Since the apostles of the Lamb have finished their course with us in the flesh, no history of the church of God should be allowed to lure us from the doctrine which they taught, the judgments they have recorded, the ordinances they have enjoined; nothing is to be added nor aught diminished from the perfect standard of faith and order they established, which is confirmed by all the valid authority of earth and heaven. What they have bound on earth is bound in heaven, and what they have loosed on earth is loosed in heaven. The question with us now is not or should not be, What was believed or practiced in the church one hundred or a thousand years ago? but rather, What was the faith which was once delivered to the saints? We are not now to ask, Are our ministers by succession of ordination, through the dark ages of papal abominations, traceable to the apostles? but rather let it be asked, Are they such men as the Holy Ghost commanded the church to separate to the work where-unto he had called them?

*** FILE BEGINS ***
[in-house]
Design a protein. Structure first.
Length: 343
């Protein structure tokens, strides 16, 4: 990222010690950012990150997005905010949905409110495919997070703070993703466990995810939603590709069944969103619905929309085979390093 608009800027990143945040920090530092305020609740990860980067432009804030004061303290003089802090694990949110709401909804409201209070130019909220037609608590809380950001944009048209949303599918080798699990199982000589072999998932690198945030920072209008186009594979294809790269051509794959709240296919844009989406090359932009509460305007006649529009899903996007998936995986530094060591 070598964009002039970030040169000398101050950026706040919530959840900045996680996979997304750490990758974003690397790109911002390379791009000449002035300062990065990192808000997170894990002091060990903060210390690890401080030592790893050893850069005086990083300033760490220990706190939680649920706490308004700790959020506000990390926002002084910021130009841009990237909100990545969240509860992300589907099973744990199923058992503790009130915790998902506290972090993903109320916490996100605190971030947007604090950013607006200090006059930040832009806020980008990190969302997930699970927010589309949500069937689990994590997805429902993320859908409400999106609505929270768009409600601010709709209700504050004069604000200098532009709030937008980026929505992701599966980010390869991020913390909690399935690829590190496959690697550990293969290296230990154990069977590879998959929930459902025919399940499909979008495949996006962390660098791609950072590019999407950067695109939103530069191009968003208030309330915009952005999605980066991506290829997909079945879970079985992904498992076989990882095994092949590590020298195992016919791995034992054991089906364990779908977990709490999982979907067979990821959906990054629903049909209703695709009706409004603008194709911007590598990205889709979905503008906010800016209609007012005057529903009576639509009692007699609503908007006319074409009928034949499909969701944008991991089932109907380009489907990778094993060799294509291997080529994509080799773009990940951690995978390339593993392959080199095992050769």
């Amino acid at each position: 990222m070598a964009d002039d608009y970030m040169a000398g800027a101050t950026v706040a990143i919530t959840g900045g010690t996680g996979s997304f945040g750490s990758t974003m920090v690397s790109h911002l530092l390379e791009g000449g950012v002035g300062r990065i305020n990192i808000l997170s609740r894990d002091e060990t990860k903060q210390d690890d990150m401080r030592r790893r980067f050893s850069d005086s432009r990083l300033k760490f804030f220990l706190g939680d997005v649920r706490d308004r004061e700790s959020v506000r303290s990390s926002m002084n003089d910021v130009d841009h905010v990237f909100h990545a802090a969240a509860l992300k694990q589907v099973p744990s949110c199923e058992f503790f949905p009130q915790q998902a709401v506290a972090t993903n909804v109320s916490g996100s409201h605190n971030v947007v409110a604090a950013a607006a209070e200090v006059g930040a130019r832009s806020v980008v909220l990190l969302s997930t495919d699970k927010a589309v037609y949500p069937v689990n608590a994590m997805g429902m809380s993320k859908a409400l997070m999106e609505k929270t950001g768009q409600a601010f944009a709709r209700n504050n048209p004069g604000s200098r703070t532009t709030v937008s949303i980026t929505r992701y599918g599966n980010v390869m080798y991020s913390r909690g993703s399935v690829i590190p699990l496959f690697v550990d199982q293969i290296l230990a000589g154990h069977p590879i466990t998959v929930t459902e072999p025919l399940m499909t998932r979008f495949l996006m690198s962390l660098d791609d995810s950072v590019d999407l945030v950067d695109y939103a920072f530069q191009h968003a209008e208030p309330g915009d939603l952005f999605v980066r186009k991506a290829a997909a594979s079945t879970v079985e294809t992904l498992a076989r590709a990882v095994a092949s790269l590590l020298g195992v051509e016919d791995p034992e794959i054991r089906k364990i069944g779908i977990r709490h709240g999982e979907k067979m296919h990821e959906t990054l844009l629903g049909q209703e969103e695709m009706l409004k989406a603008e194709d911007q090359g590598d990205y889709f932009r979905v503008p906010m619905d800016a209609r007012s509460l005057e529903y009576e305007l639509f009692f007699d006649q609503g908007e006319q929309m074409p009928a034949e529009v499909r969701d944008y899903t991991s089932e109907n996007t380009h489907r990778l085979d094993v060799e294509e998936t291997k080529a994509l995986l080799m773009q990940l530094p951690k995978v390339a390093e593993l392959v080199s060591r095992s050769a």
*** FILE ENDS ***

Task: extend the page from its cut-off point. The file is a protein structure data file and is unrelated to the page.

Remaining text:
Much is said at the present time, both by Catholics and Protestants, of what they claim to be a regular succession from the apostles, as establishing their claims to be the true church of Christ. But the fallacy of their vain boasting is clearly apparent when we compare their faith and order with that by which the primitive church was distinguished in her original organization at Jerusalem. The constituent members of the church at pentecost were such as had by the outpouring of the Spirit and the preaching of the word been pricked in their hearts and made to feel their wretched, guilty and helpless condition, and gladly to receive the word, and to repent, or turn away from their former delusions, and be baptized and added to the church, and of them it is said, They continued steadfastly in the apostles' doctrine and fellowship, and in breaking of bread, and in prayer. – Acts ii. 37-42. This church of the First-born was built upon the foundation of the apostles and prophets, Jesus Christ himself being the chief corner stone; in whom all the building fitly framed together groweth unto a holy temple in the Lord. – Eph. ii. 20, 21. They held no other doctrine than that of the apostles, aspired to no other religious fellowship, rested on no other foundation or chief corner stone; but these all, to Christ the Lord coming, as unto a living stone, disallowed indeed of men, but chosen of God and precious, were, as lively stones, quickened by their immortal and life-giving foundation, built up a spiritual house, a holy priesthood, to offer up spiritual sacrifices, acceptable to God by Jesus Christ. – 1 Peter ii. 4-6. In seeking for the kingdom of God and his righteousness it is expedient for those who are called by grace and born from above (as none but such can see it) to look as far back as to the description of the church as faithfully given in the New Testament. Not even in the history of the first century of the gospel church are we to look for a perfect rule for our faith and practice as disciples of our Savior Jesus Christ; for while the apostles were still in the flesh carnality was detected in the church at Corinth, heresy and witchcraft in the churches of Galatia, and dissensions at Antioch; and in the days of the apostle John there were many antichrists which went out from the church because they were not of them. And Paul, Peter and Jude admonished the saints that many should depart from the faith, giving heed to seducing spirits and doctrines of devils. And even of the Elders who wept and fell on Paul's neck, because he had told them they should see his face no more, should men arise speaking perverse things, to draw away disciples after them. The primitive saints could only abide in the apostles' fellowship as they continued steadfastly in their doctrine; they were allowed to follow no man only so far as they followed Christ. Can it then be safe for us to accept of the usages or traditions of the church, or of any organization claiming to be the church, as a standard of faith or rule of practice, which have existed since the time the apostles were in the flesh? If in the days of their sojourn on earth no church was perfectly free from defect, at what period from that to the present time have any of the churches surpassed the primitive churches in purity? We have a more sure guide and directory. The doctrine, examples and precepts of God our Savior, as given us in the New Testament, and written by the Holy Spirit in the heart of all who are born of God, alone are reliable. To them only are we exhorted to give heed, as unto a light shining in a dark place, until the day dawns, and the day star shall arise in our hearts. A faithful record of the history of the church of God through the intervening ages which have elapsed since the scriptures were written, could such a history be produced, would only be valuable in showing the long-suffering, tender kindness and boundless faithfulness of our covenant-keeping God in being merciful to our unrighteousness, and in warning us to beware of and avoid every error or departure from the divinely inspired rule, into which the church has been lured or betrayed at any time. In no age or period of the existence of the church has it been any less expedient to test her faith and practice by the unerring rule than at the present time. Individuals and churches have perhaps as frequently been drawn into error by tradition as by any other influence. Things which have been held as sacred by pious parents, esteemed preachers and learned instructors, are too often accepted by the unsuspecting disciples for truth, which will by no means bear the scrutiny of investigation in the light of the scriptures. The saints can only be redeemed from their vain conversation, received by tradition from their fathers, by the cleansing blood of Christ; and even those who by him do believe in God, and have purified their souls in obeying the truth through the Spirit, are admonished to stand fast: “For if after they have escaped the pollutions of the world through the knowledge of the Lord and Savior Jesus Christ, they are again entangled therein and over come, the latter end is worse with them than the beginning.” – 1 Peter i. 22; 2 Peter ii. 20, 21. We cannot obey the truth if we give heed to seducing spirits and doctrines of devils; and all spirits are seductive which would divert us from following our Lord, and tempt us to accept any other religious oracle than the holy scriptures which he has given as our infallible guide; and all religious doctrines or practices that are not approved by our Lord Jesus Christ and authorized by him, are doctrines of devils. All that he has taught and commanded is obligatory on his disciples, while all that he has not taught or commanded is forbidden.